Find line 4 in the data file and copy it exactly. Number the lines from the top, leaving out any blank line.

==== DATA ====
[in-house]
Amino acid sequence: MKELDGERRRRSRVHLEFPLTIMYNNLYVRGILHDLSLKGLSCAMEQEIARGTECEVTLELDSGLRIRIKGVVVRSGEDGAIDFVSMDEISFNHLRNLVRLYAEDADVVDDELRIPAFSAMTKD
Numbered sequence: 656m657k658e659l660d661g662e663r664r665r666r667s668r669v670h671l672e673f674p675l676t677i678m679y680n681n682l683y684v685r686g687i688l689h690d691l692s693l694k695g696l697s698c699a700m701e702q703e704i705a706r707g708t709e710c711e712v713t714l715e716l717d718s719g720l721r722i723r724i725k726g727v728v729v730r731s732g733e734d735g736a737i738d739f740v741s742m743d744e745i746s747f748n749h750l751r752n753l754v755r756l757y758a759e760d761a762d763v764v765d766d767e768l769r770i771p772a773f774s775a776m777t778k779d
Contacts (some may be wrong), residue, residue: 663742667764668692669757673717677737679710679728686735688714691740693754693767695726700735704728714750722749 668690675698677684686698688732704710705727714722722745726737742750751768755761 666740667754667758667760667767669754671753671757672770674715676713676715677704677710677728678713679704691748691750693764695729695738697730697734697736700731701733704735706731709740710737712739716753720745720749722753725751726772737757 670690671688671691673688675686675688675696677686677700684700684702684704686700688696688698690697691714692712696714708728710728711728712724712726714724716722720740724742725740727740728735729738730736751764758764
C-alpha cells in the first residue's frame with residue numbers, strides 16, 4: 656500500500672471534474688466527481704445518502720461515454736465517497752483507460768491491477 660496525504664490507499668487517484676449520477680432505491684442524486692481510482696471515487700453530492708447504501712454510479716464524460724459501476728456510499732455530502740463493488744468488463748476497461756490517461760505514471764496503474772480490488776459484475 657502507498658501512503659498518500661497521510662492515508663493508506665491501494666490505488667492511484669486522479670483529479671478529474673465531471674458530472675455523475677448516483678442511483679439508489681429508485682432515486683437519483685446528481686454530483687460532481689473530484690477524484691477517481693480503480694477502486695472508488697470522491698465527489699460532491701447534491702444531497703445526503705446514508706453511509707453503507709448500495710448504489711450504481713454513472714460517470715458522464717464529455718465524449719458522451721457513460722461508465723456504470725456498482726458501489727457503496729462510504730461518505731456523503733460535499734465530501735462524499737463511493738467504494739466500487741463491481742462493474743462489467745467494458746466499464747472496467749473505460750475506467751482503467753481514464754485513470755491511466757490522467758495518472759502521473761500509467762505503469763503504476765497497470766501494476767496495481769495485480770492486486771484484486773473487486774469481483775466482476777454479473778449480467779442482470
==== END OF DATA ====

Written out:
Contacts (some may be wrong), residue, residue: 663742667764668692669757673717677737679710679728686735688714691740693754693767695726700735704728714750722749 668690675698677684686698688732704710705727714722722745726737742750751768755761 666740667754667758667760667767669754671753671757672770674715676713676715677704677710677728678713679704691748691750693764695729695738697730697734697736700731701733704735706731709740710737712739716753720745720749722753725751726772737757 670690671688671691673688675686675688675696677686677700684700684702684704686700688696688698690697691714692712696714708728710728711728712724712726714724716722720740724742725740727740728735729738730736751764758764